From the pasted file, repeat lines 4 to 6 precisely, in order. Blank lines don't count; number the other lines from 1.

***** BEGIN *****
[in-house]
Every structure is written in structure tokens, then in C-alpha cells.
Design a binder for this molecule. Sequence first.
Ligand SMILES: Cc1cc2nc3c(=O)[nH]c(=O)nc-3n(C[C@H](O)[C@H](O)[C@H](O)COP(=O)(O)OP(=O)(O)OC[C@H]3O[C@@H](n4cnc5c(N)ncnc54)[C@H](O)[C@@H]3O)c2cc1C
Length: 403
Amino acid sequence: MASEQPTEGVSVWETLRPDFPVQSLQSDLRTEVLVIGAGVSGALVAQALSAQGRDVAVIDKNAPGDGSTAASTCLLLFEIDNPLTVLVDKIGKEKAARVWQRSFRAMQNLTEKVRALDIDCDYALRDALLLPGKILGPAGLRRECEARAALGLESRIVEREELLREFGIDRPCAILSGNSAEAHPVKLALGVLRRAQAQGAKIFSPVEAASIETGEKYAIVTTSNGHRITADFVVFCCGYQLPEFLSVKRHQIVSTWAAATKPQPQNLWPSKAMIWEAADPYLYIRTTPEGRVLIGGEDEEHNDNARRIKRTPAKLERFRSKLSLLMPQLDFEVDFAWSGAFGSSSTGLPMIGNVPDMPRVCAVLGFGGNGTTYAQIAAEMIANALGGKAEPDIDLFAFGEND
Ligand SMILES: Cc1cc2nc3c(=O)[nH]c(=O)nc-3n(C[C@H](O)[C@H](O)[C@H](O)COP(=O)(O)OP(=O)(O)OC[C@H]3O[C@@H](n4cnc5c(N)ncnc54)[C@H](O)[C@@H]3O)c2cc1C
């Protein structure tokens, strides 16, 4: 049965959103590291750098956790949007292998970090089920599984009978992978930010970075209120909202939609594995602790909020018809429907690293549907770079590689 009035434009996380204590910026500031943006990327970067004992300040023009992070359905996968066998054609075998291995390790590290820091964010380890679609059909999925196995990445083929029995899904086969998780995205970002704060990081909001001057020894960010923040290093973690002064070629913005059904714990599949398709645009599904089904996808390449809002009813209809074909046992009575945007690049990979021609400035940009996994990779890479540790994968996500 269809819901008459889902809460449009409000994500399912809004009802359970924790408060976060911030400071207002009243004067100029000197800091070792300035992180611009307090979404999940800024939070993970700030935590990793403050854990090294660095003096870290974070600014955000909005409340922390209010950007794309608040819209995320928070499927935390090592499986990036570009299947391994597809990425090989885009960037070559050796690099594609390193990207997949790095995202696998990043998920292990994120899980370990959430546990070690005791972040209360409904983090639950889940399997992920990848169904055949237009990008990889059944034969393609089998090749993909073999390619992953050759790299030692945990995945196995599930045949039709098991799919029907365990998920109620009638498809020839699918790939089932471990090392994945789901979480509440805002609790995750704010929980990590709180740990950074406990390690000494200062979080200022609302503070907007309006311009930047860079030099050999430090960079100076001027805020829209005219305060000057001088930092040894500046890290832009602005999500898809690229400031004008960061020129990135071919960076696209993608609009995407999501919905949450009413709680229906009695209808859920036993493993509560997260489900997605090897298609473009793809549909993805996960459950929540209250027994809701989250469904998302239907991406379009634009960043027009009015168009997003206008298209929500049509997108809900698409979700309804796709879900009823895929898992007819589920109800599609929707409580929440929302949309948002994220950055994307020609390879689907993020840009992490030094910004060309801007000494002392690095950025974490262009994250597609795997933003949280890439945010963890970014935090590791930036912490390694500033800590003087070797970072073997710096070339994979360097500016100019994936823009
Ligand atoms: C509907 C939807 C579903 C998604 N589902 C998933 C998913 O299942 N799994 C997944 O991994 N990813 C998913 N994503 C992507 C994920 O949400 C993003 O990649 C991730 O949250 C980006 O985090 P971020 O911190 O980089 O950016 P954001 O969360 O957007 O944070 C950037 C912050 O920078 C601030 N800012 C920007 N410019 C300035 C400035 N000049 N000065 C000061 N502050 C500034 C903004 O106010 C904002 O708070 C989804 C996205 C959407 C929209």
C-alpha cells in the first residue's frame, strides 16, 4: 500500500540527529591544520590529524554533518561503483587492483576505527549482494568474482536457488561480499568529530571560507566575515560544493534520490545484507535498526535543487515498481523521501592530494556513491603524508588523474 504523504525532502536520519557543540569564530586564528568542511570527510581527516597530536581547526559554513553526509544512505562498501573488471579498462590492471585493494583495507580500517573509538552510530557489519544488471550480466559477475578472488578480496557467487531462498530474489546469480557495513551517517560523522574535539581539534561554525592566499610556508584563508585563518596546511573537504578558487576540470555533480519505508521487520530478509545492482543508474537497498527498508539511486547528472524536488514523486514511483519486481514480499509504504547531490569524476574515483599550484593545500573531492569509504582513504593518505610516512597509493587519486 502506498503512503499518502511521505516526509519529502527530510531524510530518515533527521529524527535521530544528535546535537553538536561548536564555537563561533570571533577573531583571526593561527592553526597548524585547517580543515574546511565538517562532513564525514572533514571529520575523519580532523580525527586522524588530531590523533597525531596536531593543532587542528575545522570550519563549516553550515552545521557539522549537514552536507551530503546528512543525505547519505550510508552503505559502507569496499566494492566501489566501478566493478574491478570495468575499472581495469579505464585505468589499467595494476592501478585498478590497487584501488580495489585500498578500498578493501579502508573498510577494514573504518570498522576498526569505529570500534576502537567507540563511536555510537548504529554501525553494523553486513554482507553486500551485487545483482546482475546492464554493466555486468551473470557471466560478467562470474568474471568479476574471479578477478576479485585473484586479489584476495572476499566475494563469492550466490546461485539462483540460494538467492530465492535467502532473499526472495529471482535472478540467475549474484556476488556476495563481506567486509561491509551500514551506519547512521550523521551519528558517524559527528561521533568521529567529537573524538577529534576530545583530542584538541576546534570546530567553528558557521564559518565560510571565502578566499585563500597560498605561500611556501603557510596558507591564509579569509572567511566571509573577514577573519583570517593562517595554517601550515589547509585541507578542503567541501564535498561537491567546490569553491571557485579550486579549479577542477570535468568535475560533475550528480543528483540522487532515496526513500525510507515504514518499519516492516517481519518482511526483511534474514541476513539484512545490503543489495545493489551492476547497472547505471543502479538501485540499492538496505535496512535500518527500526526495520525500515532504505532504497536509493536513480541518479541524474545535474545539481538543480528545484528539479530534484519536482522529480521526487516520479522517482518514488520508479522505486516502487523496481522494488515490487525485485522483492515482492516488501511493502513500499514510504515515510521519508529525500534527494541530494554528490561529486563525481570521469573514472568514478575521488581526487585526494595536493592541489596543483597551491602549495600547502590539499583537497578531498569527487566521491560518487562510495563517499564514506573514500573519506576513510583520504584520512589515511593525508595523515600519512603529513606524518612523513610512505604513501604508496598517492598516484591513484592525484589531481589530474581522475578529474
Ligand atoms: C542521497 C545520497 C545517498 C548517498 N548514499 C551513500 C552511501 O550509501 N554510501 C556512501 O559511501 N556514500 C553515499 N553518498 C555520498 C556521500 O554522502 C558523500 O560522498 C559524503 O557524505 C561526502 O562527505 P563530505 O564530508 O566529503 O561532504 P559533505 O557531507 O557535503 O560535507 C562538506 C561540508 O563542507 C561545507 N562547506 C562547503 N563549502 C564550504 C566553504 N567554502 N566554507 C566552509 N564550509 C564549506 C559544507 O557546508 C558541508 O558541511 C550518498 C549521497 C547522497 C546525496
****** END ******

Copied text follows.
Ligand SMILES: Cc1cc2nc3c(=O)[nH]c(=O)nc-3n(C[C@H](O)[C@H](O)[C@H](O)COP(=O)(O)OP(=O)(O)OC[C@H]3O[C@@H](n4cnc5c(N)ncnc54)[C@H](O)[C@@H]3O)c2cc1C
Length: 403
Amino acid sequence: MASEQPTEGVSVWETLRPDFPVQSLQSDLRTEVLVIGAGVSGALVAQALSAQGRDVAVIDKNAPGDGSTAASTCLLLFEIDNPLTVLVDKIGKEKAARVWQRSFRAMQNLTEKVRALDIDCDYALRDALLLPGKILGPAGLRRECEARAALGLESRIVEREELLREFGIDRPCAILSGNSAEAHPVKLALGVLRRAQAQGAKIFSPVEAASIETGEKYAIVTTSNGHRITADFVVFCCGYQLPEFLSVKRHQIVSTWAAATKPQPQNLWPSKAMIWEAADPYLYIRTTPEGRVLIGGEDEEHNDNARRIKRTPAKLERFRSKLSLLMPQLDFEVDFAWSGAFGSSSTGLPMIGNVPDMPRVCAVLGFGGNGTTYAQIAAEMIANALGGKAEPDIDLFAFGEND